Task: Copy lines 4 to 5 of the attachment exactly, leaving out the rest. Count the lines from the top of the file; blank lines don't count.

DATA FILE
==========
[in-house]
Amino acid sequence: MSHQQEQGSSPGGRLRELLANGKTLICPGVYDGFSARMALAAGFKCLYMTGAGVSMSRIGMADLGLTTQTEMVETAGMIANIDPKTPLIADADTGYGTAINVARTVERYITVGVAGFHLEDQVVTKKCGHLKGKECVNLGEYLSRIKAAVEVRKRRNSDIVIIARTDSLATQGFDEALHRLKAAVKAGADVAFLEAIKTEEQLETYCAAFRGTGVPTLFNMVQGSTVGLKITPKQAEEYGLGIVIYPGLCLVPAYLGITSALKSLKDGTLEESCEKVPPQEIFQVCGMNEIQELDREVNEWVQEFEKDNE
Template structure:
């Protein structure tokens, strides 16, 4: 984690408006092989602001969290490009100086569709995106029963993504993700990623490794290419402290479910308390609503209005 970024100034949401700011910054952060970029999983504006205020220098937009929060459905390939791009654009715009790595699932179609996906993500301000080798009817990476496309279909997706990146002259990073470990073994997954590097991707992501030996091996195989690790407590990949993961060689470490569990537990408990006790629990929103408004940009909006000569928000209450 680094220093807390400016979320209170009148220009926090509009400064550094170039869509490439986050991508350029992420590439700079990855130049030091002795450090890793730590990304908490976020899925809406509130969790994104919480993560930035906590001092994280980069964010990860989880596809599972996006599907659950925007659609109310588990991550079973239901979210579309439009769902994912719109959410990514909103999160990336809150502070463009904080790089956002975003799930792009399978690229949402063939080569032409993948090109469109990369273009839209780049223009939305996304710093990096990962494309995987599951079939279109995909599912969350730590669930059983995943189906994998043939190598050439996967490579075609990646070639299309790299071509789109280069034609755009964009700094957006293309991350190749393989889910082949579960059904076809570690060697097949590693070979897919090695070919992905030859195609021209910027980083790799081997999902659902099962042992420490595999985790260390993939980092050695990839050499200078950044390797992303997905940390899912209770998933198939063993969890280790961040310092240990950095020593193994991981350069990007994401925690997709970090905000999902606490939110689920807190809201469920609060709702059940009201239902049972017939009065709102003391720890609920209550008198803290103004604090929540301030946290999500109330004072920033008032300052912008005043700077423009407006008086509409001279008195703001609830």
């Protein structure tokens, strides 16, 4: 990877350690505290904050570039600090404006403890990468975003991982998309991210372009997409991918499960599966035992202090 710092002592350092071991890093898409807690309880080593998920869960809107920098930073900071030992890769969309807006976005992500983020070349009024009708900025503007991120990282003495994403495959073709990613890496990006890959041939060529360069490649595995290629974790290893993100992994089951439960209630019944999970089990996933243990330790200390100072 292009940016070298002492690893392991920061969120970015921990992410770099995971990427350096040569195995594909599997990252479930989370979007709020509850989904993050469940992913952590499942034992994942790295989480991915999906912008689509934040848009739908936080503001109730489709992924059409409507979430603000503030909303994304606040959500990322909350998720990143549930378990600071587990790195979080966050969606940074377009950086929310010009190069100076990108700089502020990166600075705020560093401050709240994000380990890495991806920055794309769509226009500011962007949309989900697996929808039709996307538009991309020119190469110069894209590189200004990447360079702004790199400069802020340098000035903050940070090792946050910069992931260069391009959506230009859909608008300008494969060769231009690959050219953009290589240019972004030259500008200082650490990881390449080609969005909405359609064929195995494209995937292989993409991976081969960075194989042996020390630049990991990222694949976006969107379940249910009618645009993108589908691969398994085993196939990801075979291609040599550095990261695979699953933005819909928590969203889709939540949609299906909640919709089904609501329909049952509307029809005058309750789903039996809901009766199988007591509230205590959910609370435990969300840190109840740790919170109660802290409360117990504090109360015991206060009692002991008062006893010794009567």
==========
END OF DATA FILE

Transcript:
């Protein structure tokens, strides 16, 4: 984690408006092989602001969290490009100086569709995106029963993504993700990623490794290419402290479910308390609503209005 970024100034949401700011910054952060970029999983504006205020220098937009929060459905390939791009654009715009790595699932179609996906993500301000080798009817990476496309279909997706990146002259990073470990073994997954590097991707992501030996091996195989690790407590990949993961060689470490569990537990408990006790629990929103408004940009909006000569928000209450 680094220093807390400016979320209170009148220009926090509009400064550094170039869509490439986050991508350029992420590439700079990855130049030091002795450090890793730590990304908490976020899925809406509130969790994104919480993560930035906590001092994280980069964010990860989880596809599972996006599907659950925007659609109310588990991550079973239901979210579309439009769902994912719109959410990514909103999160990336809150502070463009904080790089956002975003799930792009399978690229949402063939080569032409993948090109469109990369273009839209780049223009939305996304710093990096990962494309995987599951079939279109995909599912969350730590669930059983995943189906994998043939190598050439996967490579075609990646070639299309790299071509789109280069034609755009964009700094957006293309991350190749393989889910082949579960059904076809570690060697097949590693070979897919090695070919992905030859195609021209910027980083790799081997999902659902099962042992420490595999985790260390993939980092050695990839050499200078950044390797992303997905940390899912209770998933198939063993969890280790961040310092240990950095020593193994991981350069990007994401925690997709970090905000999902606490939110689920807190809201469920609060709702059940009201239902049972017939009065709102003391720890609920209550008198803290103004604090929540301030946290999500109330004072920033008032300052912008005043700077423009407006008086509409001279008195703001609830």
């Protein structure tokens, strides 16, 4: 990877350690505290904050570039600090404006403890990468975003991982998309991210372009997409991918499960599966035992202090 710092002592350092071991890093898409807690309880080593998920869960809107920098930073900071030992890769969309807006976005992500983020070349009024009708900025503007991120990282003495994403495959073709990613890496990006890959041939060529360069490649595995290629974790290893993100992994089951439960209630019944999970089990996933243990330790200390100072 292009940016070298002492690893392991920061969120970015921990992410770099995971990427350096040569195995594909599997990252479930989370979007709020509850989904993050469940992913952590499942034992994942790295989480991915999906912008689509934040848009739908936080503001109730489709992924059409409507979430603000503030909303994304606040959500990322909350998720990143549930378990600071587990790195979080966050969606940074377009950086929310010009190069100076990108700089502020990166600075705020560093401050709240994000380990890495991806920055794309769509226009500011962007949309989900697996929808039709996307538009991309020119190469110069894209590189200004990447360079702004790199400069802020340098000035903050940070090792946050910069992931260069391009959506230009859909608008300008494969060769231009690959050219953009290589240019972004030259500008200082650490990881390449080609969005909405359609064929195995494209995937292989993409991976081969960075194989042996020390630049990991990222694949976006969107379940249910009618645009993108589908691969398994085993196939990801075979291609040599550095990261695979699953933005819909928590969203889709939540949609299906909640919709089904609501329909049952509307029809005058309750789903039996809901009766199988007591509230205590959910609370435990969300840190109840740790919170109660802290409360117990504090109360015991206060009692002991008062006893010794009567």